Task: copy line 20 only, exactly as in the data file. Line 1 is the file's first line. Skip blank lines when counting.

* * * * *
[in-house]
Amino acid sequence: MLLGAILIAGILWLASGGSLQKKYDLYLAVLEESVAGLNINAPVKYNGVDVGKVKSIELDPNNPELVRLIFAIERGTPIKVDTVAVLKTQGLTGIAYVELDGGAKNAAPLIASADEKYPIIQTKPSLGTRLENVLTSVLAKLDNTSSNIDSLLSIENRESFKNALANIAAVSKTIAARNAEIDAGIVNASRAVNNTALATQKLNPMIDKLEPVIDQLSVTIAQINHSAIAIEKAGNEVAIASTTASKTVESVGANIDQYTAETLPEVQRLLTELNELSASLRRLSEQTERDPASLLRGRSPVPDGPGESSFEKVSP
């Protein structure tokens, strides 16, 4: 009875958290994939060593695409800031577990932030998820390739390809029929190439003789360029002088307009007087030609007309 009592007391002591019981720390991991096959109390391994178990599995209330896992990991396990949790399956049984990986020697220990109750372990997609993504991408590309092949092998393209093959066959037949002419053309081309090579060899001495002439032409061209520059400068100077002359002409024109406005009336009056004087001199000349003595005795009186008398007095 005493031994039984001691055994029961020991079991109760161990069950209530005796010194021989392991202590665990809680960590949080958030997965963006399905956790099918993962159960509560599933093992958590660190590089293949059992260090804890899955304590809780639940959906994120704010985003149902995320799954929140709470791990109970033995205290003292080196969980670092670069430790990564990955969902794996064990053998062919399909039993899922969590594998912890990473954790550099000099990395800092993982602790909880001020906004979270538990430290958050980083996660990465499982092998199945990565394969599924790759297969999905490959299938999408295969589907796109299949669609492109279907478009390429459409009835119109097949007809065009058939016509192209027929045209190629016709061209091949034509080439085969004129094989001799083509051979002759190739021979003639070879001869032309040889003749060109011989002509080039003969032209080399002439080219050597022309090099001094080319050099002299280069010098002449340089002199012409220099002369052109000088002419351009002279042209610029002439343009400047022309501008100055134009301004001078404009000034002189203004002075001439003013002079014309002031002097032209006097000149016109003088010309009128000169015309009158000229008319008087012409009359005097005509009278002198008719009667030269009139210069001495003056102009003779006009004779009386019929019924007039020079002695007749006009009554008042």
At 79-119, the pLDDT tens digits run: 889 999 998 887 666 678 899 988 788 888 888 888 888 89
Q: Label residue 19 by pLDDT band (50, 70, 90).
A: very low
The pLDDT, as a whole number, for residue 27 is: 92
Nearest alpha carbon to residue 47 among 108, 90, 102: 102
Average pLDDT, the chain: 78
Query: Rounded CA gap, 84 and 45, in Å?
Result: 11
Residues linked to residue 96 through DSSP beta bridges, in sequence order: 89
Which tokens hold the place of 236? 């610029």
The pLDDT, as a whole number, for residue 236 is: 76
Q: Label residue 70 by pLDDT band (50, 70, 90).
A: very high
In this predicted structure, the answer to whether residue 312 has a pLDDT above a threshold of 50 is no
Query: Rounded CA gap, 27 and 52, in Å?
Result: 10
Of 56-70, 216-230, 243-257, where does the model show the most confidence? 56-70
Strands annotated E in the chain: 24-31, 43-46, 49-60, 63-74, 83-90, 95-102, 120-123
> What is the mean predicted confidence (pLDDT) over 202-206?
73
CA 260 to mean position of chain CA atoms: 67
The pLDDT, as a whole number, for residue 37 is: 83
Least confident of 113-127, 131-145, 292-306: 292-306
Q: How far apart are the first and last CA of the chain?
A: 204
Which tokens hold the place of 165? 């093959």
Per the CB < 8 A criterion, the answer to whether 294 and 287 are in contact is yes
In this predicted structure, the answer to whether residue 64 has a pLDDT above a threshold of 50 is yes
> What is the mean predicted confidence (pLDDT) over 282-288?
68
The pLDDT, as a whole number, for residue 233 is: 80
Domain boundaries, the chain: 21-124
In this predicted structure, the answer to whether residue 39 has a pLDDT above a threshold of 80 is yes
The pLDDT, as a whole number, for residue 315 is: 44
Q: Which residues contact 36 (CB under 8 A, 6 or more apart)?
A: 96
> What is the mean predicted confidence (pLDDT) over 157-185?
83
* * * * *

Of 56-70, 216-230, 243-257, where does the model show the most confidence? 56-70